Sunday, January 4, 2009

JOB-- A good father

Job: a father who led by example

Job 1: records that Job consecrated and sacrificed for his sons every week.

'In this habit of devotion Job proclaimed much to his children

1. Equality:
that they were all equally in need of forgiveness of sin, unless saved all our children are hopelessly lost regardless of outward morality.
2. Depth: Job performed such duties for his children in case they had cursed God in their 'hearts' àhere Job proclaimed
that restraint was not holiness
that God would first judge our hearts also that sin may be unnoticed due to hardness of heart
that we are poor judges of our own hearts
3. Dependance: Job by regularly sacrificing
modeled the necessity of seeking God always, even though Job experienced phenomenal abundance he taught his children that to prosper does not mean to relax, but to continually depend on God even if it appears you are self-sufficient.
4. Justice: The continual sacrifices reminded the children
that sin must be punished
that death is the only suitable punishment




A father must teach his children diligence, that in order to reap we must sow, in turn a father must teach his children to fear unrighteousness because they will reap what they sow.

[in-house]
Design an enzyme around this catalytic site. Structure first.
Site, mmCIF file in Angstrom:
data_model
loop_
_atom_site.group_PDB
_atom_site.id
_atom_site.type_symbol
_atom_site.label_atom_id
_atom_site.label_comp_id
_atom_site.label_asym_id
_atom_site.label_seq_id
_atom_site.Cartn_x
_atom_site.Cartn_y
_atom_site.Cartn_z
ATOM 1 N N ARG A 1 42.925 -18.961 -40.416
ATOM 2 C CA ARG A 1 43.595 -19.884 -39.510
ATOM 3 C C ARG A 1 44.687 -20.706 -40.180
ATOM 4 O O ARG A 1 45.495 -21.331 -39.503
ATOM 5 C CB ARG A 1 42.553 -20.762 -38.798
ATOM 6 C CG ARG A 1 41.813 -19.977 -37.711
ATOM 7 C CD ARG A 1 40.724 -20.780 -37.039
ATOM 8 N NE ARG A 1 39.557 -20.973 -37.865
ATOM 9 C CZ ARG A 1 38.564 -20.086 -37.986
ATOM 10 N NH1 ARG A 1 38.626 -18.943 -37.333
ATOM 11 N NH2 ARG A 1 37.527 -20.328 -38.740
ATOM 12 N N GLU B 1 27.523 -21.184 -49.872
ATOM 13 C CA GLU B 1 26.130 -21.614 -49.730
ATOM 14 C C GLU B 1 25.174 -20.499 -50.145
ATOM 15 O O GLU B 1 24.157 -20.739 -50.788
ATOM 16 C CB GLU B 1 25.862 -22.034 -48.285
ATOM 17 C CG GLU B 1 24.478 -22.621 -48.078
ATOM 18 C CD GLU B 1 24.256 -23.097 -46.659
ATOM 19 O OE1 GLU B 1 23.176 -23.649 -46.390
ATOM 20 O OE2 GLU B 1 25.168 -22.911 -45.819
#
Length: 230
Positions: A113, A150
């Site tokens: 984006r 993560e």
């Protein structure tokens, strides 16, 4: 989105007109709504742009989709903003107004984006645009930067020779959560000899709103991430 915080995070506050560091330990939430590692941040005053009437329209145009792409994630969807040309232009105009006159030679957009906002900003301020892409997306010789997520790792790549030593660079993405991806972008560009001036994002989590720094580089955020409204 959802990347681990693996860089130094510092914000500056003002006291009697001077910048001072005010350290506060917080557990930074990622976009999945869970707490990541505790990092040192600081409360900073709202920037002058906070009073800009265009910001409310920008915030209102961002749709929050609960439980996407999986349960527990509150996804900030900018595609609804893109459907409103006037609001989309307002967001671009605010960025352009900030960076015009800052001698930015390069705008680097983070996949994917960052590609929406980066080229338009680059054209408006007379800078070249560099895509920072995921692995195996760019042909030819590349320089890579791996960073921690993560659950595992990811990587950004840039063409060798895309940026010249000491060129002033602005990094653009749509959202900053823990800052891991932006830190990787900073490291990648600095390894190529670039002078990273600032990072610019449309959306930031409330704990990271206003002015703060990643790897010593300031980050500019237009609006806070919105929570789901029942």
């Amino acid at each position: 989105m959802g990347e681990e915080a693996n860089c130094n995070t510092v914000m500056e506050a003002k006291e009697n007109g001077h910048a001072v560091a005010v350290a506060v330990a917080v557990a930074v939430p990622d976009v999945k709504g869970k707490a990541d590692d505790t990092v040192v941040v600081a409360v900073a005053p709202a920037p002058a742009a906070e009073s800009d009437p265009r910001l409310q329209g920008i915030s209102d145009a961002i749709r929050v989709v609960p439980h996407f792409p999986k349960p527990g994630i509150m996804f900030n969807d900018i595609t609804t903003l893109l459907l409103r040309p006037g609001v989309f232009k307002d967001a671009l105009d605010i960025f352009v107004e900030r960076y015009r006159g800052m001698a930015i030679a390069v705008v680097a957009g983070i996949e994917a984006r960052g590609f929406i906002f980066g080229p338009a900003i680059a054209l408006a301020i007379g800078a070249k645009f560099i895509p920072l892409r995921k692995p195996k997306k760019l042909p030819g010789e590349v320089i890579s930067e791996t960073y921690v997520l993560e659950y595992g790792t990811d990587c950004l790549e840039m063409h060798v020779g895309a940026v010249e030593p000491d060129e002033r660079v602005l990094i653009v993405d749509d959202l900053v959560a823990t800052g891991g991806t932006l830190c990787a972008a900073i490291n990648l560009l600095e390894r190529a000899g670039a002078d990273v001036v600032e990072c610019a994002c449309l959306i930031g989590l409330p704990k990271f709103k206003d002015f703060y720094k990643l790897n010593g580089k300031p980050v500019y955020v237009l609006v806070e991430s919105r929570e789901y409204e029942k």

A father must strive to build character in his children, character as defined by God.
Integrity (a life that lives before the eyes of God, not man)
Honesty (speaking the truth in love at all costs)
Humility (utter dependence through devotion and utter denial of self by pointing all glory to God alone),
Servanthood,
Gentleness, (a gracious and merciful response to all in light of the mercy and grace we have received)
Heavenly mindedness (seeking to build the kingdom of God, not a lifestyle of self pleasure),
Contentment (satisfaction, praise, and thanksgiving for the sovereign gifts and workings of God in your life)
Diligence (disciplined to use the means of God faithfully, willingness to work for what is worthy),
Love,
Wisdom,
Discernment (ability to apply scripture all matters of life including all teaching),
Holiness

All these must be foremost sought after with one goal in mind: to glorify God. In some small effects a few of these are sought after even by the world but not with a proper motive to glorify God but with an eye to gain something. Many are things that the world cannot define because they are found only in the revealed nature of God; for instance how could an unbeliever define holiness, contentment, etc..
An unbeliever can not be a good father, because he cannot lead or model to his children Christ. Thus the call to fatherhood in the scriptures is absolutely unique from the world and impossible in and of ourselves, but can only be achieved through the father's pursuit of God's heart and glory!

A father must discipline a child for the good of that child; as opposed to the pride of the father. A good way to alleviate the stress of discipline is to expect it, to expect the necessity of it. Also to not expect instant change but to look at discipline as a form of sowing seed that must take time and will be worth the work. Discipline must be consistent in all moods, if an act of disobedience makes you want to laugh or is done in such a 'cute' way, it still needs to be dealt with or the child will be trained to think that as long as he/she is charming then it doesn't matter what they do.

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